Chiropractic Manipulation Can Cause a Stroke

The word "stroke" conjures images of a bolt out of the blue. No one ever imagines that they will have a stroke, much less that it might happen as a result of a chiropractic treatment for neck pain -- but it does.
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woman with pain in her neck and ...
woman with pain in her neck and ...

The word "stroke" conjures images of a bolt out of the blue. No one ever imagines that they will have a stroke, much less that it might happen as a result of a chiropractic treatment for neck pain -- but it does. Just ask Sandra Nette, a woman from Edmonton, Canada who was seeing her chiropractor for "preventive" treatment. According to a recent news story, she suffered a severe brainstem stroke as a result of a neck adjustment by her chiropractor.

Throughout my lengthy career, I have seen several patients just like Sandra. What brought her case to worldwide attention was the fact that after the stroke, the chiropractor forged her signature on a consent form.

Arteries That Nourish the Brain

There are four major blood vessels that carry blood, oxygen, and nutrients to the brain. They branch off the aorta, the large blood vessel that carries blood from the heart to all parts of the body. Two of these blood vessels, the vertebral arteries, travel inside the bones in the neck and supply blood to the most vital area of the brain, the brainstem. It is this part of the brain that controls heartbeat, respiration, swallowing, eye movements and important centers that coordinate movements. Since the vertebral arteries travel inside the bones of the neck, neck injuries can pinch or damage them. It is common for people to experience dizziness when they look upward tipping by their neck backwards. For example, an elderly woman may feel lightheaded as she reclines in the sink at the beauty parlor. As the hairdresser applies that mysterious blue tint, the blood vessels in the woman's neck may become pinched, and the she may feel dizzy -- or, on rare occasions, pass out.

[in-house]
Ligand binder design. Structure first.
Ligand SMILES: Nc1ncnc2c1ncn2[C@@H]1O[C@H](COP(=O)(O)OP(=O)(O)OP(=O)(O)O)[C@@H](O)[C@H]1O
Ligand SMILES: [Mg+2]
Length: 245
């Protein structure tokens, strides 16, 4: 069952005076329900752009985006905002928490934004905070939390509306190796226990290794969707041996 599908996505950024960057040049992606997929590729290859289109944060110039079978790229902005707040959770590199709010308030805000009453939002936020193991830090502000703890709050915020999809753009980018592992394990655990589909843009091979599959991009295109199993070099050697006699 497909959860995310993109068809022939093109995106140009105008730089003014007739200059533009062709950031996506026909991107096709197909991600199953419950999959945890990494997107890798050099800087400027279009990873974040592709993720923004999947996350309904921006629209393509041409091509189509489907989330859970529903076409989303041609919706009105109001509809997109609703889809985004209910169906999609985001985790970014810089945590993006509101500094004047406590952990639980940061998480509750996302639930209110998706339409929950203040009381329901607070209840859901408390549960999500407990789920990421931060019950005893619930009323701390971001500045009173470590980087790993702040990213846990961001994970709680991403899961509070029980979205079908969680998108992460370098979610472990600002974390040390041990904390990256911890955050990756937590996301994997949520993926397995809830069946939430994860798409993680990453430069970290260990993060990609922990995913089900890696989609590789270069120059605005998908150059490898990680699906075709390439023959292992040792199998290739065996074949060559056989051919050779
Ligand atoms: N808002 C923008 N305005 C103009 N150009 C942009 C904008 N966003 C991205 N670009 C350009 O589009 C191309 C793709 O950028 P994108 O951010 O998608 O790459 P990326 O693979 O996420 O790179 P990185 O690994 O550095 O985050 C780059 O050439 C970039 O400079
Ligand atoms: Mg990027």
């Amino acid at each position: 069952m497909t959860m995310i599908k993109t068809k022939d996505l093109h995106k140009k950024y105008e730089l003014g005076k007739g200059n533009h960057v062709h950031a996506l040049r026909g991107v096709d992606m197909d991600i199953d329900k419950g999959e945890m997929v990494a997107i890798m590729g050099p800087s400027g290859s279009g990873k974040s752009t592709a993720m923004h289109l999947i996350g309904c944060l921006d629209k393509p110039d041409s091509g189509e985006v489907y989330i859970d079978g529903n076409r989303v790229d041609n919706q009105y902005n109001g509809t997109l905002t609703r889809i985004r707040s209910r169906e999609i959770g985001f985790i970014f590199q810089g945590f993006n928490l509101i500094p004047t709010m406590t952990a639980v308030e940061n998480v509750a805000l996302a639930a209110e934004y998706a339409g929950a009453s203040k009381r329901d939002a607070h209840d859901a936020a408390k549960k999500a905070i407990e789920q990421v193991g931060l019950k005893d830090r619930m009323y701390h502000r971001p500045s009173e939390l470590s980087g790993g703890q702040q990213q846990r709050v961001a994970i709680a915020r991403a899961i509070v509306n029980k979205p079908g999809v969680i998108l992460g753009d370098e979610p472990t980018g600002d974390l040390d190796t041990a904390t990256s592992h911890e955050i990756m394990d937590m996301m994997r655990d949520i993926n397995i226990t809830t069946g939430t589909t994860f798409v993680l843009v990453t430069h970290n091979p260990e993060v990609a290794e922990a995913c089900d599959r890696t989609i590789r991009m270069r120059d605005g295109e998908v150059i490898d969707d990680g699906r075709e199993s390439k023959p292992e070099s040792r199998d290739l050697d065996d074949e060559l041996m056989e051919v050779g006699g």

Chiropractors, osteopaths, and physical therapists commonly use spinal manipulation. There are two primary types of spinal manipulation: the "low-velocity" adjustment, or the "high-velocity" thrust, which rapidly adjusts joints. Chiropractors believe that these adjustments reposition the joints, nerves and spinal cord, relieving pain and improving spinal health. Unfortunately, spinal manipulation of the neck remains controversial with physicians, and chiropractors are unable to agree upon its effectiveness. To date, carefully performed studies have shown some benefit in the treatment of low-back pain, but do not show any convincing evidence that it treats neck pain.

When does a chiropractic treatment go wrong -- which part of the treatment causes the stroke? The evidence suggests that in rare cases, the rapid movement of the neck can tear the vertebral artery and cause what is called a dissection. The lining of the artery tears away from its wall, causing a blood clot to form. Blood can then no longer reach the all-important brainstem, causing a severe stroke and leaving the majority of patients with permanent disabilities.